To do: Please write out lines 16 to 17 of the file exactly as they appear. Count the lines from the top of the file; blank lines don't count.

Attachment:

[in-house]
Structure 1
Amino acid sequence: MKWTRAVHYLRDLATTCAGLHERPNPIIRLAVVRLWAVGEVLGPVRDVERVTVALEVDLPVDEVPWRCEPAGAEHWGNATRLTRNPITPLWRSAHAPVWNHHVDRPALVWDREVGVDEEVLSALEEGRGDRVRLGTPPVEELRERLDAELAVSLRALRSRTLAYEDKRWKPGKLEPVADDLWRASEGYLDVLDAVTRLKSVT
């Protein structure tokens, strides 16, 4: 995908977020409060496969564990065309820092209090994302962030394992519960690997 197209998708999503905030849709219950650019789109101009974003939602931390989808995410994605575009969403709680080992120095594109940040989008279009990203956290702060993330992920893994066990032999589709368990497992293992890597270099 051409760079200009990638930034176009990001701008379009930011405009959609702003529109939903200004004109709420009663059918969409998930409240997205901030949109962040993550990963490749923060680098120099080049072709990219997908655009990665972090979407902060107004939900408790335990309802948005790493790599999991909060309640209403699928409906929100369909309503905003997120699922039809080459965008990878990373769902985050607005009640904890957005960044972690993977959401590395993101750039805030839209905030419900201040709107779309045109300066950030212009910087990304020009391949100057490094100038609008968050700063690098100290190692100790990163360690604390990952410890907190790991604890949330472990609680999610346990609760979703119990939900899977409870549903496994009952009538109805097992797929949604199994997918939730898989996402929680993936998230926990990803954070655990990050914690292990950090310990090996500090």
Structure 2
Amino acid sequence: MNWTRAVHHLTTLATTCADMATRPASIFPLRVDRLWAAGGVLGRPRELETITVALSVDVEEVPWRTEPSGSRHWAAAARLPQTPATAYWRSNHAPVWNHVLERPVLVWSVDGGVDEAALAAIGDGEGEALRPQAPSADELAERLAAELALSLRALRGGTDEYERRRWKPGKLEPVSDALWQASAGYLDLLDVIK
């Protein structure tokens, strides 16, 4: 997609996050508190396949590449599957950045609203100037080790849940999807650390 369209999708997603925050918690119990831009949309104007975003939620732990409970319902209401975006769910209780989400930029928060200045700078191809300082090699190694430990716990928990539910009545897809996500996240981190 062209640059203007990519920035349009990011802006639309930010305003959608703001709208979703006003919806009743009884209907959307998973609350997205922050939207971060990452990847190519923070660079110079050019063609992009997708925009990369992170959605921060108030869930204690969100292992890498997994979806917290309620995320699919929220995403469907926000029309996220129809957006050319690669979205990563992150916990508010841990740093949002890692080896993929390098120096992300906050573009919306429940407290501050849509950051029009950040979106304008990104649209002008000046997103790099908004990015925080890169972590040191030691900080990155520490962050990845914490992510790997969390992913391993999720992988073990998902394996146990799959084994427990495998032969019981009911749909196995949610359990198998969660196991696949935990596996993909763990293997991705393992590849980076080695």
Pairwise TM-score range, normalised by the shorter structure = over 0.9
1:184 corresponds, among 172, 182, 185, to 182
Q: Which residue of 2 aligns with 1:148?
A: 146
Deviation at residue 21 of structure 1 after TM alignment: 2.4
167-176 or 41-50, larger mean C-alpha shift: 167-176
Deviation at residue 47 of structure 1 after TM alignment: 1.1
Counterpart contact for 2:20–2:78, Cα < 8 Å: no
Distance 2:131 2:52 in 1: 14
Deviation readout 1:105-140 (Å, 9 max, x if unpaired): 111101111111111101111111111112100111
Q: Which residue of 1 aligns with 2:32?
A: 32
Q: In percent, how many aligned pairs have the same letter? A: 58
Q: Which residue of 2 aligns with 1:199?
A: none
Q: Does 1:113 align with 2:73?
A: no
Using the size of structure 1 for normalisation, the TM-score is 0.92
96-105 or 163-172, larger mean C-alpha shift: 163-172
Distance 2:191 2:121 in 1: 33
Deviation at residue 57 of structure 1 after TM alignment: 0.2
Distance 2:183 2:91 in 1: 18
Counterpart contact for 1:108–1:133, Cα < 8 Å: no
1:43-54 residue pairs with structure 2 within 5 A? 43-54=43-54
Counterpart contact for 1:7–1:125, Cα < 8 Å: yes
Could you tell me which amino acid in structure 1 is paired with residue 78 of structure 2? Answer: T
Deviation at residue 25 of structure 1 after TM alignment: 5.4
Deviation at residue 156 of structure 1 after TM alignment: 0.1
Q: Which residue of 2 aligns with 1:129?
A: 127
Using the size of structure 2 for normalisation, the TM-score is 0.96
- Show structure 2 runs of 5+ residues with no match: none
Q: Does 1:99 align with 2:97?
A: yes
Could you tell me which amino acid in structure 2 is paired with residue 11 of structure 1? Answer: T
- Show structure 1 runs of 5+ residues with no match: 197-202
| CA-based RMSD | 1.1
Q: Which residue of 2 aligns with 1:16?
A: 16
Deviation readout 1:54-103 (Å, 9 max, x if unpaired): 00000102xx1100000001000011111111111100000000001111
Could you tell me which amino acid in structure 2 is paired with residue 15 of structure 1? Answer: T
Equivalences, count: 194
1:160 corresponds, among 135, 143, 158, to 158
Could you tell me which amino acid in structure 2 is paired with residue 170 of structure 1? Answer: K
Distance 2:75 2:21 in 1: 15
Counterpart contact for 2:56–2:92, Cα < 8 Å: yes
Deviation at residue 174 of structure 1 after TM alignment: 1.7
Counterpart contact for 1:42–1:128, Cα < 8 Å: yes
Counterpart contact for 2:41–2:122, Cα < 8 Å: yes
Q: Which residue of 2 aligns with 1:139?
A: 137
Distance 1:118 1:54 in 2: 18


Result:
Distance 2:131 2:52 in 1: 14
Deviation readout 1:105-140 (Å, 9 max, x if unpaired): 111101111111111101111111111112100111